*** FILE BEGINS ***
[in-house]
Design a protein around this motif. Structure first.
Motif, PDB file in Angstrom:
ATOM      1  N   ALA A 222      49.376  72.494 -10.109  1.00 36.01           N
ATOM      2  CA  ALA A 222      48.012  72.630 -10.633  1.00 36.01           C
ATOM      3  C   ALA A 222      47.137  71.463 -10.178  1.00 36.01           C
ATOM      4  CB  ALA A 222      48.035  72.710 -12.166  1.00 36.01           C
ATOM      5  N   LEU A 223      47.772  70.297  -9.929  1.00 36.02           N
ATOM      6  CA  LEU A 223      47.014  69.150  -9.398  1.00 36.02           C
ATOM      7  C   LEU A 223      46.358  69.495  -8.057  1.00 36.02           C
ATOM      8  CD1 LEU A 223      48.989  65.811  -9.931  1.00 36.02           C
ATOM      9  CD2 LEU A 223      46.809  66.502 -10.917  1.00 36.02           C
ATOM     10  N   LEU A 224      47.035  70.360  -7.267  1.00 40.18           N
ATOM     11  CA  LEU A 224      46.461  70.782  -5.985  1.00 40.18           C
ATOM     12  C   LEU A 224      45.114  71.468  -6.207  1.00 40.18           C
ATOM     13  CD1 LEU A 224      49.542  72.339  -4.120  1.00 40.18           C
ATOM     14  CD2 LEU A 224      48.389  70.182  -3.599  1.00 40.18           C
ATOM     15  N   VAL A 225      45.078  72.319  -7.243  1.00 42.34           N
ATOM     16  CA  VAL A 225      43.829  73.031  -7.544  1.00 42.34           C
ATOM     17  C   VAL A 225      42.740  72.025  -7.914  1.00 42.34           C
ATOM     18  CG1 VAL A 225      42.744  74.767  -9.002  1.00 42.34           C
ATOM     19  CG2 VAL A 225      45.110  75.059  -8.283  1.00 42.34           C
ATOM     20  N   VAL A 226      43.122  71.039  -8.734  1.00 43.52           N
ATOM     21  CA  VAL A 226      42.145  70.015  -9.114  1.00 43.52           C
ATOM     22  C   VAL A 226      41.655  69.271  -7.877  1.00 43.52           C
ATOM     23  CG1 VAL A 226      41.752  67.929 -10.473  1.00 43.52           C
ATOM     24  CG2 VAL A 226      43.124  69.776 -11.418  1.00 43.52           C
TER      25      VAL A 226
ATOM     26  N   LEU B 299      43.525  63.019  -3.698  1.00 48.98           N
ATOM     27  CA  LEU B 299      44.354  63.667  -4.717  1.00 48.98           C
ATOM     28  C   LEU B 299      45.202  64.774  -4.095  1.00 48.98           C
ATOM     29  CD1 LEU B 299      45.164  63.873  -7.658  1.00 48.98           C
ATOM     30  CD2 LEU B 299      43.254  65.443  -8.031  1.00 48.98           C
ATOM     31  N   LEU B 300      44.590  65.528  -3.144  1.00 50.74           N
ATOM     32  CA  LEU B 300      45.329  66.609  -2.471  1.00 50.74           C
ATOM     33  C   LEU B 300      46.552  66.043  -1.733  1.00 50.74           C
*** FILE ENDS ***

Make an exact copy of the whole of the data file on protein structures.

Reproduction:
[in-house]
Design a protein around this motif. Structure first.
Motif, PDB file in Angstrom:
ATOM      1  N   ALA A 222      49.376  72.494 -10.109  1.00 36.01           N
ATOM      2  CA  ALA A 222      48.012  72.630 -10.633  1.00 36.01           C
ATOM      3  C   ALA A 222      47.137  71.463 -10.178  1.00 36.01           C
ATOM      4  CB  ALA A 222      48.035  72.710 -12.166  1.00 36.01           C
ATOM      5  N   LEU A 223      47.772  70.297  -9.929  1.00 36.02           N
ATOM      6  CA  LEU A 223      47.014  69.150  -9.398  1.00 36.02           C
ATOM      7  C   LEU A 223      46.358  69.495  -8.057  1.00 36.02           C
ATOM      8  CD1 LEU A 223      48.989  65.811  -9.931  1.00 36.02           C
ATOM      9  CD2 LEU A 223      46.809  66.502 -10.917  1.00 36.02           C
ATOM     10  N   LEU A 224      47.035  70.360  -7.267  1.00 40.18           N
ATOM     11  CA  LEU A 224      46.461  70.782  -5.985  1.00 40.18           C
ATOM     12  C   LEU A 224      45.114  71.468  -6.207  1.00 40.18           C
ATOM     13  CD1 LEU A 224      49.542  72.339  -4.120  1.00 40.18           C
ATOM     14  CD2 LEU A 224      48.389  70.182  -3.599  1.00 40.18           C
ATOM     15  N   VAL A 225      45.078  72.319  -7.243  1.00 42.34           N
ATOM     16  CA  VAL A 225      43.829  73.031  -7.544  1.00 42.34           C
ATOM     17  C   VAL A 225      42.740  72.025  -7.914  1.00 42.34           C
ATOM     18  CG1 VAL A 225      42.744  74.767  -9.002  1.00 42.34           C
ATOM     19  CG2 VAL A 225      45.110  75.059  -8.283  1.00 42.34           C
ATOM     20  N   VAL A 226      43.122  71.039  -8.734  1.00 43.52           N
ATOM     21  CA  VAL A 226      42.145  70.015  -9.114  1.00 43.52           C
ATOM     22  C   VAL A 226      41.655  69.271  -7.877  1.00 43.52           C
ATOM     23  CG1 VAL A 226      41.752  67.929 -10.473  1.00 43.52           C
ATOM     24  CG2 VAL A 226      43.124  69.776 -11.418  1.00 43.52           C
TER      25      VAL A 226
ATOM     26  N   LEU B 299      43.525  63.019  -3.698  1.00 48.98           N
ATOM     27  CA  LEU B 299      44.354  63.667  -4.717  1.00 48.98           C
ATOM     28  C   LEU B 299      45.202  64.774  -4.095  1.00 48.98           C
ATOM     29  CD1 LEU B 299      45.164  63.873  -7.658  1.00 48.98           C
ATOM     30  CD2 LEU B 299      43.254  65.443  -8.031  1.00 48.98           C
ATOM     31  N   LEU B 300      44.590  65.528  -3.144  1.00 50.74           N
ATOM     32  CA  LEU B 300      45.329  66.609  -2.471  1.00 50.74           C
ATOM     33  C   LEU B 300      46.552  66.043  -1.733  1.00 50.74           C